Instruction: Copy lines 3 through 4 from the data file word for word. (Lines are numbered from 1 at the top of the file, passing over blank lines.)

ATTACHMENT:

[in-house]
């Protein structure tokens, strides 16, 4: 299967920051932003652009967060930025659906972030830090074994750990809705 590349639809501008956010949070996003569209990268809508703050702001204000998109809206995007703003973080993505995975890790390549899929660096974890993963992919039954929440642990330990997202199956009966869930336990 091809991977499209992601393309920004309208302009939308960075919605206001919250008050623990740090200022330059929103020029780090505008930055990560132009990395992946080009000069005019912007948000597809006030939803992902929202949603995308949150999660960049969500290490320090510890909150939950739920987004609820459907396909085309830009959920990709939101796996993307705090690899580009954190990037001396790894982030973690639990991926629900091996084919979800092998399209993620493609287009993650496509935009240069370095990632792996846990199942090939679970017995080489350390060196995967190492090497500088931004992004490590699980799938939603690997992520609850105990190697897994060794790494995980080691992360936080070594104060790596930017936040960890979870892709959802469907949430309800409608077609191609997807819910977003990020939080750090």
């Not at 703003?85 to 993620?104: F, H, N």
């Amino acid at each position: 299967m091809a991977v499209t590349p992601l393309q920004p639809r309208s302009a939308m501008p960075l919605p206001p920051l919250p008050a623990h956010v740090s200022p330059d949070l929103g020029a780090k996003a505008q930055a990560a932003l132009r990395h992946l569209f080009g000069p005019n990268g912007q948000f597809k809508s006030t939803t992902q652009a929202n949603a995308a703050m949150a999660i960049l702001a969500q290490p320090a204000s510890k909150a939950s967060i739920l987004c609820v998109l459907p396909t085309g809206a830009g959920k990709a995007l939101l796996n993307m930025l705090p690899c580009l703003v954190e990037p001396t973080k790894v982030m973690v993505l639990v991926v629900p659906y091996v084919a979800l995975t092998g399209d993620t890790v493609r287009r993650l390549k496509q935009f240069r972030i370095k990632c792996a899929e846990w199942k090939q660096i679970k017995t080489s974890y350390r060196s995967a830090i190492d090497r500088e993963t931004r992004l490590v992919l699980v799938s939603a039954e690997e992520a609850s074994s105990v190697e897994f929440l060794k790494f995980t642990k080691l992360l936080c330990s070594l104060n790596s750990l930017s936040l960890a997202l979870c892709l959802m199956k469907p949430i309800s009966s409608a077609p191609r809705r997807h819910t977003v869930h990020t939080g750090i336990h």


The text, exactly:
């Not at 703003?85 to 993620?104: F, H, N």
């Amino acid at each position: 299967m091809a991977v499209t590349p992601l393309q920004p639809r309208s302009a939308m501008p960075l919605p206001p920051l919250p008050a623990h956010v740090s200022p330059d949070l929103g020029a780090k996003a505008q930055a990560a932003l132009r990395h992946l569209f080009g000069p005019n990268g912007q948000f597809k809508s006030t939803t992902q652009a929202n949603a995308a703050m949150a999660i960049l702001a969500q290490p320090a204000s510890k909150a939950s967060i739920l987004c609820v998109l459907p396909t085309g809206a830009g959920k990709a995007l939101l796996n993307m930025l705090p690899c580009l703003v954190e990037p001396t973080k790894v982030m973690v993505l639990v991926v629900p659906y091996v084919a979800l995975t092998g399209d993620t890790v493609r287009r993650l390549k496509q935009f240069r972030i370095k990632c792996a899929e846990w199942k090939q660096i679970k017995t080489s974890y350390r060196s995967a830090i190492d090497r500088e993963t931004r992004l490590v992919l699980v799938s939603a039954e690997e992520a609850s074994s105990v190697e897994f929440l060794k790494f995980t642990k080691l992360l936080c330990s070594l104060n790596s750990l930017s936040l960890a997202l979870c892709l959802m199956k469907p949430i309800s009966s409608a077609p191609r809705r997807h819910t977003v869930h990020t939080g750090i336990h």